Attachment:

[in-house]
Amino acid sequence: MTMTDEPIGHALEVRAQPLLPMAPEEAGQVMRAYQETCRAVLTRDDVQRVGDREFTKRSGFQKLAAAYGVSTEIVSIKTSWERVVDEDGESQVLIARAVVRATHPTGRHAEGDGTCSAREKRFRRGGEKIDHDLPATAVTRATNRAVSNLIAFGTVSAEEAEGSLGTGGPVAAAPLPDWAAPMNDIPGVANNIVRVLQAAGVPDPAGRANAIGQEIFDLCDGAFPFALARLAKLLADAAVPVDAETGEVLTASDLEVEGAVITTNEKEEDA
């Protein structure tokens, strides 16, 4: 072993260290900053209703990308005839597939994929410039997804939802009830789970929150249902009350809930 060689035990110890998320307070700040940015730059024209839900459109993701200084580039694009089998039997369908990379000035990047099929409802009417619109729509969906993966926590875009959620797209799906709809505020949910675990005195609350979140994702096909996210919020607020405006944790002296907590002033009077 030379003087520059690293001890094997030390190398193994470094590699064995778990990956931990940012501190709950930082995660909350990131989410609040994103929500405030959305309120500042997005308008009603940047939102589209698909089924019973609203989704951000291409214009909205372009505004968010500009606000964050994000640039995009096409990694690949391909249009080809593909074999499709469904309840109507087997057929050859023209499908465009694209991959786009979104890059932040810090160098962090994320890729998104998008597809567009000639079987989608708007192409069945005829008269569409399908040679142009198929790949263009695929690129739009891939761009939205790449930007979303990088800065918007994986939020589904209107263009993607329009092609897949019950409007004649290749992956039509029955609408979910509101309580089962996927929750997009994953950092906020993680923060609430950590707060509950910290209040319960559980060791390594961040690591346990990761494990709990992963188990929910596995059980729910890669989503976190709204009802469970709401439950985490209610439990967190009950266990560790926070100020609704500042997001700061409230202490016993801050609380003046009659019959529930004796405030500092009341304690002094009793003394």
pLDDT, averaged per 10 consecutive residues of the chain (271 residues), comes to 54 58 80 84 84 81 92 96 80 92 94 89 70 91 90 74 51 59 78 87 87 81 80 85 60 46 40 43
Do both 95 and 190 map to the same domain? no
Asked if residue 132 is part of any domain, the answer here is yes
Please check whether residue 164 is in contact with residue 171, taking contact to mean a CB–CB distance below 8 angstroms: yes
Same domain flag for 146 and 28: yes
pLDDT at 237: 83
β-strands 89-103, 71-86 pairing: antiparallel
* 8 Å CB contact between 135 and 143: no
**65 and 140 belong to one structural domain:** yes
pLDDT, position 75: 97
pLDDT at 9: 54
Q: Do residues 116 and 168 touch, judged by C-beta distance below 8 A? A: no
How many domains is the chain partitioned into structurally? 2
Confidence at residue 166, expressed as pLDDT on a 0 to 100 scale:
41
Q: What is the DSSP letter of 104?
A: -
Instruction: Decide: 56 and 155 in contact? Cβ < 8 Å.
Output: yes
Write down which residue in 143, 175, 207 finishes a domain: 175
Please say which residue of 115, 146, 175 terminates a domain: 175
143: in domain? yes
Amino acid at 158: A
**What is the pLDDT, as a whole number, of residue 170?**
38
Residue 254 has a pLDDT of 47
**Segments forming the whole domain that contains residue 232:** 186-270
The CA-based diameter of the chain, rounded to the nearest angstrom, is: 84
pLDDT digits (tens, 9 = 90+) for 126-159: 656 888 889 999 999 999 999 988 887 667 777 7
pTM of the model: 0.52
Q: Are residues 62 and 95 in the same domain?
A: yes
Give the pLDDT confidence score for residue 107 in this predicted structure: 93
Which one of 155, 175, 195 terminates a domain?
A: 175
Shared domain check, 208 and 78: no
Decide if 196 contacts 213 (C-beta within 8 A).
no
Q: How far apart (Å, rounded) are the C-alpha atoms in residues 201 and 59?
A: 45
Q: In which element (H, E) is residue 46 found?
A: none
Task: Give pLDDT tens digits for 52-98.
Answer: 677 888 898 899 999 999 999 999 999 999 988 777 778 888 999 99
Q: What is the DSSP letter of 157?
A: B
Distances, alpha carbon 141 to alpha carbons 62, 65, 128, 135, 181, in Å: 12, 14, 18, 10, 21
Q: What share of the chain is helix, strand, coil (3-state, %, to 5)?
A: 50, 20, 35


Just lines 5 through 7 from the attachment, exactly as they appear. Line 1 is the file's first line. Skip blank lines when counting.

Do both 95 and 190 map to the same domain? no
Asked if residue 132 is part of any domain, the answer here is yes
Please check whether residue 164 is in contact with residue 171, taking contact to mean a CB–CB distance below 8 angstroms: yes